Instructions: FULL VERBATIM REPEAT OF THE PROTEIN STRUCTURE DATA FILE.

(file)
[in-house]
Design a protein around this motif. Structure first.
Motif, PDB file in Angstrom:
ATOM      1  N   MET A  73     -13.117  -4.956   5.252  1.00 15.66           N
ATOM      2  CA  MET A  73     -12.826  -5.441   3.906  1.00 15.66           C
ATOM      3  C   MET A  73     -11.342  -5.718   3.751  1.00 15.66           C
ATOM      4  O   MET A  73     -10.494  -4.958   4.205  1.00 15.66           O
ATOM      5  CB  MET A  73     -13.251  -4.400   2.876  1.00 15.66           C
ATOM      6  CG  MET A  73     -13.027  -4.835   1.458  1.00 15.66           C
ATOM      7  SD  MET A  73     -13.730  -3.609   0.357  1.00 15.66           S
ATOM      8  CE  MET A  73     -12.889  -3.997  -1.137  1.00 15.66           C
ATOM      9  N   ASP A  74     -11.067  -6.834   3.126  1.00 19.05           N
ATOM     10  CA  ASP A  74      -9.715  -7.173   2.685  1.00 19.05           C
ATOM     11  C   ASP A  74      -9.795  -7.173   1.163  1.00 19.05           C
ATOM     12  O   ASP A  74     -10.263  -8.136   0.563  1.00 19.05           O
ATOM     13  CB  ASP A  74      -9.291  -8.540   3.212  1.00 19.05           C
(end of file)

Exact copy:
[in-house]
Design a protein around this motif. Structure first.
Motif, PDB file in Angstrom:
ATOM      1  N   MET A  73     -13.117  -4.956   5.252  1.00 15.66           N
ATOM      2  CA  MET A  73     -12.826  -5.441   3.906  1.00 15.66           C
ATOM      3  C   MET A  73     -11.342  -5.718   3.751  1.00 15.66           C
ATOM      4  O   MET A  73     -10.494  -4.958   4.205  1.00 15.66           O
ATOM      5  CB  MET A  73     -13.251  -4.400   2.876  1.00 15.66           C
ATOM      6  CG  MET A  73     -13.027  -4.835   1.458  1.00 15.66           C
ATOM      7  SD  MET A  73     -13.730  -3.609   0.357  1.00 15.66           S
ATOM      8  CE  MET A  73     -12.889  -3.997  -1.137  1.00 15.66           C
ATOM      9  N   ASP A  74     -11.067  -6.834   3.126  1.00 19.05           N
ATOM     10  CA  ASP A  74      -9.715  -7.173   2.685  1.00 19.05           C
ATOM     11  C   ASP A  74      -9.795  -7.173   1.163  1.00 19.05           C
ATOM     12  O   ASP A  74     -10.263  -8.136   0.563  1.00 19.05           O
ATOM     13  CB  ASP A  74      -9.291  -8.540   3.212  1.00 19.05           C